Here, the judge of compensation, at the second hearing, expressly stated that he was deciding not whether the incapacity had increased, but rather whether petitioner was unemployable at the time of the date of termination of temporary disability. He clearly did not have jurisdiction to make such determination in a proceeding under N.J.S.A. 34:15-27. The earlier order for settlement was final and conclusive as to all questions of law and fact comprehended by that determination, including the nature and extent of the existing disability. Hopler v. Hill City Coal & Lumber Co., supra 5 N.J. at 470-471. Employability was not a separate issue distinct from the issue of the extent of disability or incapacity. A worker's ability to perform labor is necessarily implicated in the extent of disability. See Yeoman v. Jersey City, supra , 27 N.J. at 508. By deciding the matter as he did, the judge of compensation held in effect that petitioner's disability actually had not increased, since he was totally disabled even at the time of the first hearing. Such a determination should logically have led to a dismissal of the petition in light of the limited scope of the hearing.

However, we have independently examined the record and, in the exercise of our original jurisdiction (R. 2:10-5), find from the credible evidence that petitioner's disability did in fact increase after the original hearing to the extent

[155 NJSuper Page 472]

that he became 100% disabled, and that the increase was causally related to the initial cardiac episode.

Petitioner testified that after he took up residence in Florida in September 1973 his use of nitroglycerin pills increased, he complained more frequently of chest pains and he experienced greater difficulty upon walking or climbing stairs. His condition, he said, gradually worsened. He obtained part-time employment, working a few hours a day in a liquor store, but had to discontinue after 2 1/2 days because of increased chest pain. He said, further, that he was a high school graduate and had no other specialized training than as a police officer.

One of the medical experts testifying in petitioner's behalf, Dr. Rowland D. Goodman, an internist specializing in diseases of the heart and lungs, found from a recent examination of petitioner that the patient's cardiac disability had increased to 55% of total by virtue of the worsening symptoms. The patient, he said, now had a much more severe form of anginal syndrome. In response to a hypothetical question which contained the substance of petitioner's testimony, Dr. Goodman expressed the opinion that petitioner was unemployable.

The other expert, a Dr. Kopel Burk, also an internist, was of the view, considering the facts detailed in the hypothetical question, that petitioner's complaints had worsened, that his symptoms were more prominent and that he was not capable of competing for employment in an open labor market. The increase in disability, he said, was related to the initial infarction.

Respondent's only witness, Dr. Jack S. York, an internist, concluded from his recent examination of petitioner that there was no change in the status of the previous infarction and that if petitioner had angina, it "could be due" to coronary arteriosclerosis and not to the infarction. His response to a similar hypothetical question was that "there's been no change in the disability arising from the infarction," but, with the symptomatology contained in the hypothetical question,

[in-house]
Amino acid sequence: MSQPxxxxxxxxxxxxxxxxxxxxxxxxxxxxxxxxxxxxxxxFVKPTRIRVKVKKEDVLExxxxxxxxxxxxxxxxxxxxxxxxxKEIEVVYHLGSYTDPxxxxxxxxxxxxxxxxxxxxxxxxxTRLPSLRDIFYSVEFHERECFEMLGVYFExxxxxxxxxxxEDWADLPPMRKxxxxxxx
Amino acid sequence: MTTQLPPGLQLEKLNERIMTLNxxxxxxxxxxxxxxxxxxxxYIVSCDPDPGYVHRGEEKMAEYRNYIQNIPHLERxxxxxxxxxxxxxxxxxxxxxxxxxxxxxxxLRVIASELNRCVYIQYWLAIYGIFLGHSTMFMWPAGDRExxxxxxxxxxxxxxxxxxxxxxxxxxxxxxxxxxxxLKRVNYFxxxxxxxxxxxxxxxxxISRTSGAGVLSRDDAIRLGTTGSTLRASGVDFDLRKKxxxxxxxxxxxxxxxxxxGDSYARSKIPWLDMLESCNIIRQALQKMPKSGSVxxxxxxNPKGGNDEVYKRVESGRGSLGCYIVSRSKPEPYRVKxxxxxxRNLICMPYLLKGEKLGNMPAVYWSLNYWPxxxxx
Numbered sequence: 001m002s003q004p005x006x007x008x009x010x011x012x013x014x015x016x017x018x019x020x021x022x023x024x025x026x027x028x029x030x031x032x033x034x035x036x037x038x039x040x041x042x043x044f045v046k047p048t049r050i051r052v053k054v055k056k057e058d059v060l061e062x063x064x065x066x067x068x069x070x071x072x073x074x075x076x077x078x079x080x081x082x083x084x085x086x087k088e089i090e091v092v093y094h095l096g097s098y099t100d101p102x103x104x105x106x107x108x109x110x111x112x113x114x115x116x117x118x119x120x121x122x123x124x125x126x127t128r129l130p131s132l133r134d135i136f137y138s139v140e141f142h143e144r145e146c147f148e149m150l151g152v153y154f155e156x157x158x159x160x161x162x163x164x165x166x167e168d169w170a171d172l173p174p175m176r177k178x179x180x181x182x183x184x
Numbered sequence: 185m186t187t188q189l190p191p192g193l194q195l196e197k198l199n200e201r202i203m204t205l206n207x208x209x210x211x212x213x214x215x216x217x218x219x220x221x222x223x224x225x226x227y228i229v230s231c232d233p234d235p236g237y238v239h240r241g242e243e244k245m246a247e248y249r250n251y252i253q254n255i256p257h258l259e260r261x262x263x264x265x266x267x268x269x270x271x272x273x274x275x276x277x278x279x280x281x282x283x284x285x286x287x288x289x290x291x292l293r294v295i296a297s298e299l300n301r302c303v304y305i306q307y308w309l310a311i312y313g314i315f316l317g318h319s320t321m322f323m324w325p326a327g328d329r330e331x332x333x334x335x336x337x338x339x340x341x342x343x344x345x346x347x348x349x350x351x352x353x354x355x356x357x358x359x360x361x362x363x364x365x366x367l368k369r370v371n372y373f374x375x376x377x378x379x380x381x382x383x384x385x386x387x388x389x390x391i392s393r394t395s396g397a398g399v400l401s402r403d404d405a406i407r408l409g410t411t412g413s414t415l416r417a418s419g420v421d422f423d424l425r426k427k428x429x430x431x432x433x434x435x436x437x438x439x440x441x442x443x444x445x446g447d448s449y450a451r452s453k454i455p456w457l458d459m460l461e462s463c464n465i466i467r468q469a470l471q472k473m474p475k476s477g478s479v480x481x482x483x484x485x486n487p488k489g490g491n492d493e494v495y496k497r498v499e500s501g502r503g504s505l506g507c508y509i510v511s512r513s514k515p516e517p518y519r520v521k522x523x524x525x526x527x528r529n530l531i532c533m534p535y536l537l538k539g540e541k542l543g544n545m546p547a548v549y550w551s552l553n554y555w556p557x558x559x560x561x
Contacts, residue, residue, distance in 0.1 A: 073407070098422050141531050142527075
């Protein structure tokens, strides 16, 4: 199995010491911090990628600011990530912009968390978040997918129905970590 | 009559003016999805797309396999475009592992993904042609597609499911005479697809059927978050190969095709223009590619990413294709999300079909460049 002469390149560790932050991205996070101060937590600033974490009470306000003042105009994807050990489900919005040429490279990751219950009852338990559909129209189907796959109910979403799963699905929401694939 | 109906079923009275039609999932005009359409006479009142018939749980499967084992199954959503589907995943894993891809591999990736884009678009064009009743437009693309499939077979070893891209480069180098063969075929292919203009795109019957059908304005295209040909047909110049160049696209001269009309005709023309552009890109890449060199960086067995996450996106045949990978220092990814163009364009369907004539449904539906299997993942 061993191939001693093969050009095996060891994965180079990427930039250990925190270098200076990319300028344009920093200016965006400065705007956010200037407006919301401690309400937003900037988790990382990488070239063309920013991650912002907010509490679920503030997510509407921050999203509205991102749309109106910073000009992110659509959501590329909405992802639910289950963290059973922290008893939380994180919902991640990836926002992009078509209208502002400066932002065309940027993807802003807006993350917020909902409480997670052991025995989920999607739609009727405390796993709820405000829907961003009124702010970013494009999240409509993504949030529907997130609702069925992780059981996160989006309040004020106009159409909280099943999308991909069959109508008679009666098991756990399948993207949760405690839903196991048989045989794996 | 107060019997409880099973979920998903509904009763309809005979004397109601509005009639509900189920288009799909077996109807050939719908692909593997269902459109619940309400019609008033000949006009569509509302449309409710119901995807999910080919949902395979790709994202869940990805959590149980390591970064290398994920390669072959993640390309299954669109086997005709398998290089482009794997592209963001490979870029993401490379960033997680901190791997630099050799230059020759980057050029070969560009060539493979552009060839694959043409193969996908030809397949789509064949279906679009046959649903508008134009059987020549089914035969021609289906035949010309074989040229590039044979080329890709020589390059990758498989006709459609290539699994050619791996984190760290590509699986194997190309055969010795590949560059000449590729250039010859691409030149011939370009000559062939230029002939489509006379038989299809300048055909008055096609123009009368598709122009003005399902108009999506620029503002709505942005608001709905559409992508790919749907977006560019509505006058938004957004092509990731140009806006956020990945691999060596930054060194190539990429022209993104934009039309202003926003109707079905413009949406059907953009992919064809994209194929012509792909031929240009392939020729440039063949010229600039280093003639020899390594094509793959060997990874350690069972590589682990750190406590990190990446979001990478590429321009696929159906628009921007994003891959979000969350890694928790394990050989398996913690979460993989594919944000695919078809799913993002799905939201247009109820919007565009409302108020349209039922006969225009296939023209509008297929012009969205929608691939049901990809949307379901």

[155 NJSuper Page 473]

"it seems reasonable that he's got greater disability due to coronary arteriosclerosis with insufficiency or angina." He felt that petitioner could do clerical work.

We conclude from our careful examination of the record that petitioner established by the preponderance of the credible evidence that his disability had increased, that such increase was causally related to the same heart attack upon which the initial award was founded, and that, taking into account his unemployability, he had become 100% disabled.

The "odd-lot" doctrine views the worker in the perspective of the competitive market place. Rodriguez v. Michael A. Scatuorchio, Inc. , 42 N.J. Super. 341 (App. Div. 1956), certif. den. 23 N.J. 140 (1957). Total and permanent work-connected disability may exist notwithstanding some residual physical capacity for light work. Lightner v. Cohn , 76 N.J. Super. 461 (App. Div. 1962), certif. den. 38 N.J. 611 (1962). See Barbato v. Alsan Masonry , 64 N.J. 514 (1974). Respondent here has failed to carry its burden of showing that work within petitioner's capacity was in fact within reach. Barbato v. Alsan Masonry, supra at 529.

Although we reach the conclusion that petitioner's permanent disability has increased to the extent that it is now total, there is no need to modify the judgment entered on December 3, 1975. It awarded petitioner for total disability 450 weeks at $101 ($45,450), and correctly gave respondent credit against that amount for the prior award in terms of dollars ($6050). See Paul v. Baltimore Upholstering Co. , 66 N.J. 111, 129 (1974). This is precisely what petitioner would be entitled to upon a finding of increased disability to the extent of 100% of total.

The judgment is accordingly affirmed.